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An uncontrolled pilot study of SystemsTraining for Emotional Predictability and Problem Solving (STEPPS) was conducted with incarcerated women offenders. STEPPS is a promising new cognitive-behavioral group treatment for persons with borderline personality disorder (BPD).
Twelve women offenders with Diagnostic and Statistical Manual of Mental Disorders, Fourth Edition BPD were enrolled in the 20-week program at an Iowa prison. Efficacy assessments included the Borderline Evaluation of Severity overTime, the Positive and Negative Affectivity Scale, and the Beck Depression Inventory. Data were collected at baseline, and weeks 4, 8, 12, 16, and 20. A prison therapist was trained to deliver the STEPPS program.
The 12 volunteers had a mean age of 34.8±8.5 years. Two women discontinued early because they were released from prison; the others attended all sessions. The analysis showed significant improvements in BPD-related symptoms, negative affectivity, and depression. The Borderline Evaluation of Severity over Time total score was highly significant at week 20 (P=.009), indicating overall improvement in BPD-related symptoms. Effect sizes for the efficacy measures were moderate to large. The prison therapist showed excellent adherence to the model.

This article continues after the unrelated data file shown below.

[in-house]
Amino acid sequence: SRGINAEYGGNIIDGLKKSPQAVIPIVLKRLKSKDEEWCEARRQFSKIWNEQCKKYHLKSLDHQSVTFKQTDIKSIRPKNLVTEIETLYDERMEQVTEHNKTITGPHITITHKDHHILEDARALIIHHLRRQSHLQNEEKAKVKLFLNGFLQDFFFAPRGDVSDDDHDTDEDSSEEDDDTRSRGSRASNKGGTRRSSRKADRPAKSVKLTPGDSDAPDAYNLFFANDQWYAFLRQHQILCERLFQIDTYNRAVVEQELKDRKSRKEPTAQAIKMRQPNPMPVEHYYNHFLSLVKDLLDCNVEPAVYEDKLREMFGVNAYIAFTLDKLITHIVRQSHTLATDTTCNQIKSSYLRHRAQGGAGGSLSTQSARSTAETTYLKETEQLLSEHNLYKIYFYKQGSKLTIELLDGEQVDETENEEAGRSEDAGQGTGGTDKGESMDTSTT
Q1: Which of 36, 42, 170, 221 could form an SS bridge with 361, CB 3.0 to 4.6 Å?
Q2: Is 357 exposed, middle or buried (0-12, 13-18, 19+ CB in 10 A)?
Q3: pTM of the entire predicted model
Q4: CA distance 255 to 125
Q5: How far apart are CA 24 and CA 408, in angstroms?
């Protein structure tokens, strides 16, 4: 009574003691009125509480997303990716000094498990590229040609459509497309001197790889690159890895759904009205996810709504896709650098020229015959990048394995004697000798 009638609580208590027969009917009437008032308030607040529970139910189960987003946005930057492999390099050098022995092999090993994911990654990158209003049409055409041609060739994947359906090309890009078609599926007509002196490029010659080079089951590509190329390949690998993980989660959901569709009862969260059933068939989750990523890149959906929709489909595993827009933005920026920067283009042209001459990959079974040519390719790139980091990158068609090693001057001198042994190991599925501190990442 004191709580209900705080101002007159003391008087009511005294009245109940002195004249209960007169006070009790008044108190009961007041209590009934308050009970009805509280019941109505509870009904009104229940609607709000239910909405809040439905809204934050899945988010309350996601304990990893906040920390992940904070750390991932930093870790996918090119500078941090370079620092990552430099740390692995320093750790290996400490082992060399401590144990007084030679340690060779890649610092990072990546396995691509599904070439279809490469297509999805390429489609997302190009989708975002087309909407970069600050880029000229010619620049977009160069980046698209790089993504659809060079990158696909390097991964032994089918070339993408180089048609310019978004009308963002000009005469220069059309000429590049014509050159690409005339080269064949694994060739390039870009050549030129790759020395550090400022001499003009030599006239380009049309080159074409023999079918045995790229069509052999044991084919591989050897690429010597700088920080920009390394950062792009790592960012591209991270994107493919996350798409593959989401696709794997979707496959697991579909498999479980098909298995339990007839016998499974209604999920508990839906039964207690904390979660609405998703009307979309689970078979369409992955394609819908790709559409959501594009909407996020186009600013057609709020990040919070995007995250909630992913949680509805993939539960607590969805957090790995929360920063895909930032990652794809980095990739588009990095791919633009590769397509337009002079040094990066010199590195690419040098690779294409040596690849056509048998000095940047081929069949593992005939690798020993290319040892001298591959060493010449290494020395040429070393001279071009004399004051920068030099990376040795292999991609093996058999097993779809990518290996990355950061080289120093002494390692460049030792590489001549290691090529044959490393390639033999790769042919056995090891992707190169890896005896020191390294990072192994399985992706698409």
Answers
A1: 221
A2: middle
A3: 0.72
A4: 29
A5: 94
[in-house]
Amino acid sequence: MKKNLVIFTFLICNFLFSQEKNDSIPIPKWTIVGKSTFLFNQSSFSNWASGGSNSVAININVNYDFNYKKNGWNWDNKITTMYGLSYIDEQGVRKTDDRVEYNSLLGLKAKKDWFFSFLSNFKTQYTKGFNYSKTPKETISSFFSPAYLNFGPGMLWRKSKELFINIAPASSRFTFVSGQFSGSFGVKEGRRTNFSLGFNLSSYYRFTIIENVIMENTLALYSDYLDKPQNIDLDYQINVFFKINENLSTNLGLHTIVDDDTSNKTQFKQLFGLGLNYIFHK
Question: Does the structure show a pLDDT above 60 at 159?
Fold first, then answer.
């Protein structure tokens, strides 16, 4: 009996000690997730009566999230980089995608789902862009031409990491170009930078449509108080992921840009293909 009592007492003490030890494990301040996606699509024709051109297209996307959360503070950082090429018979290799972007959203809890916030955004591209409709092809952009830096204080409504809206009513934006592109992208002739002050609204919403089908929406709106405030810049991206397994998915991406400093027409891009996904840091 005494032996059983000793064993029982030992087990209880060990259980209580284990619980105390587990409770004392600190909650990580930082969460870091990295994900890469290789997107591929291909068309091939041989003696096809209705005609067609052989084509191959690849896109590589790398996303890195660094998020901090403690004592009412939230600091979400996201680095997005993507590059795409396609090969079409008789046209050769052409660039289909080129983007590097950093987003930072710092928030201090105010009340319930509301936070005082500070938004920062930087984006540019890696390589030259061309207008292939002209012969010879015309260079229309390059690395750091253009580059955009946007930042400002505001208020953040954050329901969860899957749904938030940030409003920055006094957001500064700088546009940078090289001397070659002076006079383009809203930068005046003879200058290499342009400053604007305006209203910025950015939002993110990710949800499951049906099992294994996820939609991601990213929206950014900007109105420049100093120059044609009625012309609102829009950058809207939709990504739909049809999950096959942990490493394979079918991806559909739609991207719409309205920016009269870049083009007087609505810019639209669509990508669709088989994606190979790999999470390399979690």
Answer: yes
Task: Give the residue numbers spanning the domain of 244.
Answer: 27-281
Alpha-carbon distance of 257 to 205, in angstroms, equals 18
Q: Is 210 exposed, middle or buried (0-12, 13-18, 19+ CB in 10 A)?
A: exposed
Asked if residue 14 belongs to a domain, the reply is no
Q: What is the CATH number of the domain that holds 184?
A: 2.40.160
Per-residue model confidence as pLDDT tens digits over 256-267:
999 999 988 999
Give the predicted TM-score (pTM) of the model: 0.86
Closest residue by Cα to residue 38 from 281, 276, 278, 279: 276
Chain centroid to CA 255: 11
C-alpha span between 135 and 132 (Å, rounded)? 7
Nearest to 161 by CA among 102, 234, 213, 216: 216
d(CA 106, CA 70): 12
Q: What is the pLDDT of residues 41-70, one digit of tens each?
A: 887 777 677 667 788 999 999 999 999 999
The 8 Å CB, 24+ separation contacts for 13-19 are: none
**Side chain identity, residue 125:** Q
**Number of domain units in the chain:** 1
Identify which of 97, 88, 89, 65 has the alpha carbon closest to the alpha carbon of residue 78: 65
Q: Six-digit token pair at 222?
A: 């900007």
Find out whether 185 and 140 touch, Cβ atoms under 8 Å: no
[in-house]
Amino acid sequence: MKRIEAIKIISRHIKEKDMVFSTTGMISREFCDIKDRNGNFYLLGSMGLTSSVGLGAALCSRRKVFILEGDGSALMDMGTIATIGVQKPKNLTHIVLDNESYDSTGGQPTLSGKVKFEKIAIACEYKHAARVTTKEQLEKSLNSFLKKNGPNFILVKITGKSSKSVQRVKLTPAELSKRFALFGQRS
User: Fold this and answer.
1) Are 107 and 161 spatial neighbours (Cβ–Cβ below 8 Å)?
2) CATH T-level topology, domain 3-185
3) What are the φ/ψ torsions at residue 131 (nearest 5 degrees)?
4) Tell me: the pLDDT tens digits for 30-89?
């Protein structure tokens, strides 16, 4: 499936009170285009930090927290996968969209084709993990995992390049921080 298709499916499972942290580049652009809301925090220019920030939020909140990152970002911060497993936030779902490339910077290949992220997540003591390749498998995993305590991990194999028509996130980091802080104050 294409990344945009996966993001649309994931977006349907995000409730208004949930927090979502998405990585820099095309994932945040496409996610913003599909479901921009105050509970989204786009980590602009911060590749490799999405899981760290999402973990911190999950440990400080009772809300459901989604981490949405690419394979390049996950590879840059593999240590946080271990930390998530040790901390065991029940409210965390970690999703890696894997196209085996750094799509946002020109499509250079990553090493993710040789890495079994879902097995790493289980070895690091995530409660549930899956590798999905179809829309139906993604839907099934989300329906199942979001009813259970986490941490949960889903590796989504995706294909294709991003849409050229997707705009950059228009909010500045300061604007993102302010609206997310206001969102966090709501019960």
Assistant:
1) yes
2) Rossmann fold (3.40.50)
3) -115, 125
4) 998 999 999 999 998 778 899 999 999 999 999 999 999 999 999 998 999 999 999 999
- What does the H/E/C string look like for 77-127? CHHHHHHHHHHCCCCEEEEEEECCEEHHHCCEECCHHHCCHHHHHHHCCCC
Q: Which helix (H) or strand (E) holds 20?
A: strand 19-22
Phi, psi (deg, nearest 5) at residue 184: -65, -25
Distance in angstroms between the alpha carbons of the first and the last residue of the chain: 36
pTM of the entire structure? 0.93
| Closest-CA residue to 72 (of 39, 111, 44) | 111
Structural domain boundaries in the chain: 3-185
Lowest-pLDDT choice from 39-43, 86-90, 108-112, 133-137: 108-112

This study demonstrated the successful implementation of the STEPPS program in a women's prison. Participants achieved “real-world” benefits, including a reduction in the negative thoughts and behaviors associated with BPD, negative affectivity, and depression. Implications of the findings are discussed.
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